If You Visit
Interestingly, Las Vegas is the closest metropolis to Area 51. Both places seem to thrive on mystery and illusion, and having Las Vegas nearby makes for the ultimate road trip. As many persons find out, gambling, aliens, paranoia, and a fast rental car make for a wicked combination (for some reason, I think of Chevy Chase).
Area 51 is 135 miles from Las Vegas. From Vegas, take I-15 north to U. S. 93, continue north on 93 for 85 miles to NV 375, then head west on NV 375, Nevada’s “Extraterrestrial Highway.” Even though you don’t see much along the way, the drive is still interesting because of the mystery and anticipation surrounding Area 51.
Most visitors will likely visit the nearby town of Rachel, Nevada, and drive a couple of miles down the base access road. Actually viewing Area 51 requires extensive preparation. Since the military annexed the land that provided easy viewing, you can now only see the base from 30 miles away after a dirt road drive and a strenuous desert hike.
Near Mile Marker 29.5 on Highway 375, one sees a lone mailbox used by a local rancher. Since this “Black Mailbox” is the only recognizable landmark in a lonely stretch of highway, it is here that “true believers” tend to congregate. Many visitors, normal and possibly paranormal, claim to have seen flying saucers here, although the rancher himself claims to have seen nothing.
There used to be two viewpoints on public land close to Area 51 – White Sides and Freedom Ridge – where a visitor could legally view the super-secret base. However, these areas were closed by the Air Force in 1995. You can still see the installation from a distant mountain, Tikaboo Peak, but it requires a difficult hike from a remote desert road.
In summer, there are group hikes sponsored by the Area 51 Research Center. The Area 51 access road is near Mile Marker 32 on NV 375. It is the wide dirt path going off toward a distant ridge. Known as the Groom Lake Road, it is in the middle of nowhere.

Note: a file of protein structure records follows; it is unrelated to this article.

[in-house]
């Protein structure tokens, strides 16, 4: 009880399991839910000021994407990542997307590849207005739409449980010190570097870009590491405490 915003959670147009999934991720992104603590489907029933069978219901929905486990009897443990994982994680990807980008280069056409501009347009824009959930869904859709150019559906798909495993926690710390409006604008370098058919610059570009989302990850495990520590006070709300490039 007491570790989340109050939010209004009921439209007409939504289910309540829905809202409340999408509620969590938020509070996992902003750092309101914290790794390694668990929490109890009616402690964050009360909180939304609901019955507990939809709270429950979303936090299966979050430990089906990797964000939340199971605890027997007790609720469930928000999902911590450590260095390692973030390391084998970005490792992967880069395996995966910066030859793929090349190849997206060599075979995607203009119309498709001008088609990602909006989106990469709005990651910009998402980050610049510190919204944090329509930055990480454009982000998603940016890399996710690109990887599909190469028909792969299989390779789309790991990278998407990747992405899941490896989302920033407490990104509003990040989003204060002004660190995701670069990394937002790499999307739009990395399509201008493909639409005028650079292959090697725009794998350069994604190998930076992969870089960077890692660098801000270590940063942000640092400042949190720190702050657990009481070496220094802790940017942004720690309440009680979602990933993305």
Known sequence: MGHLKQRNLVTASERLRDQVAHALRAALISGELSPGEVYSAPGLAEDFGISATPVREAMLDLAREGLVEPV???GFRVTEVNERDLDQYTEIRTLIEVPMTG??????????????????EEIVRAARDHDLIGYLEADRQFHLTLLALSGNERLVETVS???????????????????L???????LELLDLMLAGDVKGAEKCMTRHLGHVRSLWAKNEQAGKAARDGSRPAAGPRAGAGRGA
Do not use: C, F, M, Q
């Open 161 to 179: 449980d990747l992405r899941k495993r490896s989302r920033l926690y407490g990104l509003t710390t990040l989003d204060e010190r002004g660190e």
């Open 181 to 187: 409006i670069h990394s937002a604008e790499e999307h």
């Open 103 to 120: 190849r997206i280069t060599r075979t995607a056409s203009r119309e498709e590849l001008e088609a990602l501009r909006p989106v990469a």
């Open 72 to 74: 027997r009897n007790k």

The greatest danger in visiting what can be described as remoteness personified is wandering across the unfenced Area 51 border, which action would result in your immediate arrest and a substantial fine. Wherever a road crosses the border, “Restricted Area” signs mark it. In the desert, orange posts every 50 yards mark the border. It is unwise to hike near the border at night because the posts become invisible. A major danger when driving is getting stuck on an unmaintained dirt road that your vehicle cannot handle.
“Cammo Dudes” is the nickname for the anonymous private security force that patrols Area 51 border 24 hours a day. They wear camouflage fatigues without insignias and drive white Jeep Cherokees with government plates. The guards keep close watch on any visitors who come within a few miles of the border, but are under orders to avoid contact. Trespassers are reported to the local sheriff, who must get extremely tired of trying to enforce federal regulations.
Whenever anyone leaks information about a Top Secret project to the public, eyebrows of government security personnel are sure to rise. If you want to get the attention of those security personnel, write something about Area 51 and space aliens. It seems that Top Secret--Space Aliens--Stealth--SR-71--S4---all have a common thread with Area 51. It is the most secret military installation in American history. If you visit, do keep in mind the title of this article.